Although knowledge is rapidly increasing about the facts surrounding the distribution of household wealth and savings behavior, this factual base has not yet been translated into a deeper understanding of the theoretical reasons why people save. The authors studied the role of inheritances and bequests in shaping household decisions of wealth accumulation using new methods of measuring bequests: They examined actual bequests made by individual upon their deaths and compared them with their previously stated intentions. Anticipated bequests were measured in two waves of respondents; the authors studied the reasons for between-wave revisions of the subjective bequest probabilities. They found that increases in the probability of surviving, in increments in household wealth, and in widowing were associated with increases in bequests probabilities, whereas out-of-pocket medical expenses reduced the likelihood of a bequest. They also found that individuals will dissave at advanced old age: Respondents anticipate substantial dissaving before they die.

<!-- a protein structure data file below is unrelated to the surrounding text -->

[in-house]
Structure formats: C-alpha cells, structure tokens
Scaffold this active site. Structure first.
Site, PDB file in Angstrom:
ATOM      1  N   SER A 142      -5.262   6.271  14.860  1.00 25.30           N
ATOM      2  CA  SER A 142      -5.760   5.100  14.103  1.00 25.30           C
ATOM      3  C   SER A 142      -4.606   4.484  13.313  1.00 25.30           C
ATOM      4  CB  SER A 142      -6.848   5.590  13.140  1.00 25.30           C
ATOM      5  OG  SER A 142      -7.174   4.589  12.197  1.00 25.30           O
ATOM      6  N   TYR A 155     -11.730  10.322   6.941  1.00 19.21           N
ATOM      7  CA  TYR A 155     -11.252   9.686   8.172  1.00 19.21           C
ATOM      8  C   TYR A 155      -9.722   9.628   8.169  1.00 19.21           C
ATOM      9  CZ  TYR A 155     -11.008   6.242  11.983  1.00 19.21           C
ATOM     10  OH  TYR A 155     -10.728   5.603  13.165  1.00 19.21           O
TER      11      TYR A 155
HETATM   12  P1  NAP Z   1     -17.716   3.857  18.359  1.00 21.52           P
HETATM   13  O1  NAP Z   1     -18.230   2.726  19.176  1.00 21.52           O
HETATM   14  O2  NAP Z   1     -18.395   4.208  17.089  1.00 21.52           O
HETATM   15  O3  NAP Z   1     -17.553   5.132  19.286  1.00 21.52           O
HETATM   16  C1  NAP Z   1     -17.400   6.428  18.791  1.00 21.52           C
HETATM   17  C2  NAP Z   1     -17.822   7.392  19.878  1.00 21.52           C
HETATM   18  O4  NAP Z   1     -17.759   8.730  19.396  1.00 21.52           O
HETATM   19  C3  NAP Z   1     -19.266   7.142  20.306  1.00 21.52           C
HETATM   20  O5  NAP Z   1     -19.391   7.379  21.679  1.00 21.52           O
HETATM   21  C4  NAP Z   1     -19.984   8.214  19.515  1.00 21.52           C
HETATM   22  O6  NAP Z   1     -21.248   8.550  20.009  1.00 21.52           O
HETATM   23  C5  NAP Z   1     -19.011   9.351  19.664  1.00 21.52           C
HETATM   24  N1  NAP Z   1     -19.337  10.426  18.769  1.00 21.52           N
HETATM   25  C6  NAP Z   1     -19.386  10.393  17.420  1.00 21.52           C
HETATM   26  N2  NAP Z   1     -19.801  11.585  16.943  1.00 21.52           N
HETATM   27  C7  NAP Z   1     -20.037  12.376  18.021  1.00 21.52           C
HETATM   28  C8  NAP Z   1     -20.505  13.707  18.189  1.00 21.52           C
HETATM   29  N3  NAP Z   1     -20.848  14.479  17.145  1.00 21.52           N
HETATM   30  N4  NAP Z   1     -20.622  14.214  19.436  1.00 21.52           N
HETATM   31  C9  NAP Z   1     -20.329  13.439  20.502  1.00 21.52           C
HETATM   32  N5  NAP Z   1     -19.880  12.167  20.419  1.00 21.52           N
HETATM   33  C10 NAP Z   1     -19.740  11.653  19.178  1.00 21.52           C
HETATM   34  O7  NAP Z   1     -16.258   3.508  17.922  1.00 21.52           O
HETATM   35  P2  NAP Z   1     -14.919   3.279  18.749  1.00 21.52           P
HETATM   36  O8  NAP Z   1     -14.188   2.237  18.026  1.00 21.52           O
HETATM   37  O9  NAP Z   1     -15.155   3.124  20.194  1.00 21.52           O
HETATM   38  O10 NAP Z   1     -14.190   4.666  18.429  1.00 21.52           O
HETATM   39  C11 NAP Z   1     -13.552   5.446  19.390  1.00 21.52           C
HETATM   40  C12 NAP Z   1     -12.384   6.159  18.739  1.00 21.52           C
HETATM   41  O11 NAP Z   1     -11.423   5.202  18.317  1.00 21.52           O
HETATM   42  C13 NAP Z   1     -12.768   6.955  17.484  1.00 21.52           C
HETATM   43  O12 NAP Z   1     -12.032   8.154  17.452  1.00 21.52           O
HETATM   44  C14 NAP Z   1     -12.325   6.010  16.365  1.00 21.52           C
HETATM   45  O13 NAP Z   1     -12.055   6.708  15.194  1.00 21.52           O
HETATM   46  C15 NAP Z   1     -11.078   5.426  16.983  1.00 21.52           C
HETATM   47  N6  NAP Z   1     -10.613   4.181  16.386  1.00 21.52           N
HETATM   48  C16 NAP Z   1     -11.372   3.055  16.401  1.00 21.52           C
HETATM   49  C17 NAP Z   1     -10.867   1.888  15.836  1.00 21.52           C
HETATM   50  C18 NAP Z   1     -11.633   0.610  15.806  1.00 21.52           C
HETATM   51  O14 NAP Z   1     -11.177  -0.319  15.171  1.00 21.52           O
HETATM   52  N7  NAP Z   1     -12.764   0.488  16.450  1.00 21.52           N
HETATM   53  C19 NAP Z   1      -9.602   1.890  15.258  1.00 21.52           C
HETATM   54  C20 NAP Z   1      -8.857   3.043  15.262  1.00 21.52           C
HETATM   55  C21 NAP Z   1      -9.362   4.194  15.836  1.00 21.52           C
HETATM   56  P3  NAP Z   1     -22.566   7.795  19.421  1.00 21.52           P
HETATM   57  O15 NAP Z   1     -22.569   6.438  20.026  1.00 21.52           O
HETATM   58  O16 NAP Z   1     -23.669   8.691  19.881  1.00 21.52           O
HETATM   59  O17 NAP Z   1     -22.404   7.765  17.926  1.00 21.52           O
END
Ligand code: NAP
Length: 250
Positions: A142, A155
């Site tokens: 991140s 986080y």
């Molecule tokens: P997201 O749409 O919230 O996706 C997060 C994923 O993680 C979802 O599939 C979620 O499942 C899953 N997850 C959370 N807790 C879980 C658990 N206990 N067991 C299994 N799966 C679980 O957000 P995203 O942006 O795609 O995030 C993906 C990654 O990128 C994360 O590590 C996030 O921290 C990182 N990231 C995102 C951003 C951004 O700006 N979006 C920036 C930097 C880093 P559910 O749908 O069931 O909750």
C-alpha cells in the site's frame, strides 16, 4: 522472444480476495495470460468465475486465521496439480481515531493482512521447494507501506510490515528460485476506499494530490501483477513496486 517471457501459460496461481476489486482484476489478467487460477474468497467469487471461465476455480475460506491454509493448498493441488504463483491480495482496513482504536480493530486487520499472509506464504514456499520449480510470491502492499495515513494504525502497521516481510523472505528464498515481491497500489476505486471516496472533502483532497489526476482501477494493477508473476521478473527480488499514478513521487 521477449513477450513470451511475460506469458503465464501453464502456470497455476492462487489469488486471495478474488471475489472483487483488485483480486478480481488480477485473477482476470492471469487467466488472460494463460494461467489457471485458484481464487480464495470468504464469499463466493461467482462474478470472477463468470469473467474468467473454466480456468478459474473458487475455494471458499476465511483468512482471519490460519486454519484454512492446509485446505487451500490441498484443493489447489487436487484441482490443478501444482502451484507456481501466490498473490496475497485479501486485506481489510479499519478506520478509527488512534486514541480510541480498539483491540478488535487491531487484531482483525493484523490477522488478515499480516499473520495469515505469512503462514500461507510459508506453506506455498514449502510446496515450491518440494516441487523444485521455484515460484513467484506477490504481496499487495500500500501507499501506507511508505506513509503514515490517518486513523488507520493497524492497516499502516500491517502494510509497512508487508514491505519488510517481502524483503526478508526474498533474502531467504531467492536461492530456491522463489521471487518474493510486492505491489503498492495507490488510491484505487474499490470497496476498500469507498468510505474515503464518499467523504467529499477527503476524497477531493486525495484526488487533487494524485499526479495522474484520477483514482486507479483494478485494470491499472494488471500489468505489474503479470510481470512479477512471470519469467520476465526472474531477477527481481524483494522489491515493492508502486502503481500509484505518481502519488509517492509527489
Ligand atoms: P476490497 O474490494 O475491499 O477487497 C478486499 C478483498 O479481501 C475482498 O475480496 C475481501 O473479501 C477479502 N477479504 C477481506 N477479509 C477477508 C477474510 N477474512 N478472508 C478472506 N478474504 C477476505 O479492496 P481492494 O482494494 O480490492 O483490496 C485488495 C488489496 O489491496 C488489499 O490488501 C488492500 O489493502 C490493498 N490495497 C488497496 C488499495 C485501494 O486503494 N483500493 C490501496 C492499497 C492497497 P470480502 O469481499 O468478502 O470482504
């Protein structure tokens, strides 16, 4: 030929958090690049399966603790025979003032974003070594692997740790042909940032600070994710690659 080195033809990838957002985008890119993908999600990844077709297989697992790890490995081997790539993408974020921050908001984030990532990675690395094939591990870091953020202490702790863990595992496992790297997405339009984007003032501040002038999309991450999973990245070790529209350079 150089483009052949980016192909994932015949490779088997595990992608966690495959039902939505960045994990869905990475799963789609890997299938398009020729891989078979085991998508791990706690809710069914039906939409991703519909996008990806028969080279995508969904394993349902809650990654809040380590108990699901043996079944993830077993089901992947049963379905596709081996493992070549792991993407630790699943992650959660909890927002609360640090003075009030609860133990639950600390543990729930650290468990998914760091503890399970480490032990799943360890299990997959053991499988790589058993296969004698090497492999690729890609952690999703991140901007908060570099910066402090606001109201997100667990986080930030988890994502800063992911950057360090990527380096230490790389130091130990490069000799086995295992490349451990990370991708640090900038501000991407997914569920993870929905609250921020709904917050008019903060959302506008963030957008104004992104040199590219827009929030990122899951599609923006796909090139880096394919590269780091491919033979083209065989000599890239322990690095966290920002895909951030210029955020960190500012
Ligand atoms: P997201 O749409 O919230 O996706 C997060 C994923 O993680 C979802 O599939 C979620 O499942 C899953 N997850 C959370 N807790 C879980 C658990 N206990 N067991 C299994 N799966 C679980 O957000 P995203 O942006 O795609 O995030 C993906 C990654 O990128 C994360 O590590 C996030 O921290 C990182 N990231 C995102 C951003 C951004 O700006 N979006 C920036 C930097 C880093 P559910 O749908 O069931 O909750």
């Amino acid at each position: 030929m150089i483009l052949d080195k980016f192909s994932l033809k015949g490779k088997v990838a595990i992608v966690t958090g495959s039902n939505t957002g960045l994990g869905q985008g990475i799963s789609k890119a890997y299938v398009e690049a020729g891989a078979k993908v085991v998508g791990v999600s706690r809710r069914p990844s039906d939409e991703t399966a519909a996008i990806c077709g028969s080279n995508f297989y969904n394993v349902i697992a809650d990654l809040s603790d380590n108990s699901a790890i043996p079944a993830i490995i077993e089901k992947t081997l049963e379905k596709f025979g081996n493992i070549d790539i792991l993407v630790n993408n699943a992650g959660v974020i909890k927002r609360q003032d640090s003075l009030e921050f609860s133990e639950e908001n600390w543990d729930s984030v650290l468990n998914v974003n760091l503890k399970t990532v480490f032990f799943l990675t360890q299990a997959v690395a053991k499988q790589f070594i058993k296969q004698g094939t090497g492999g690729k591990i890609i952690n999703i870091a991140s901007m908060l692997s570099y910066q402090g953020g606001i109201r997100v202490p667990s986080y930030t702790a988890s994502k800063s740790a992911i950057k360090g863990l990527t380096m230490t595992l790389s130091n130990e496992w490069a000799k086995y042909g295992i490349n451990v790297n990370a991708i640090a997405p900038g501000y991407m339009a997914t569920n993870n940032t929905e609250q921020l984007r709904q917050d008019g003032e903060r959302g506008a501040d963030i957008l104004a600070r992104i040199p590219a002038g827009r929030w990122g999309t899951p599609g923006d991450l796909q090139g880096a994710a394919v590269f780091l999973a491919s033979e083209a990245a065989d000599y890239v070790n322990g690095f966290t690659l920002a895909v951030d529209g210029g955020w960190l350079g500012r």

Originally published in: Themes in the Economics of Aging, 2001, pp. 357-391.

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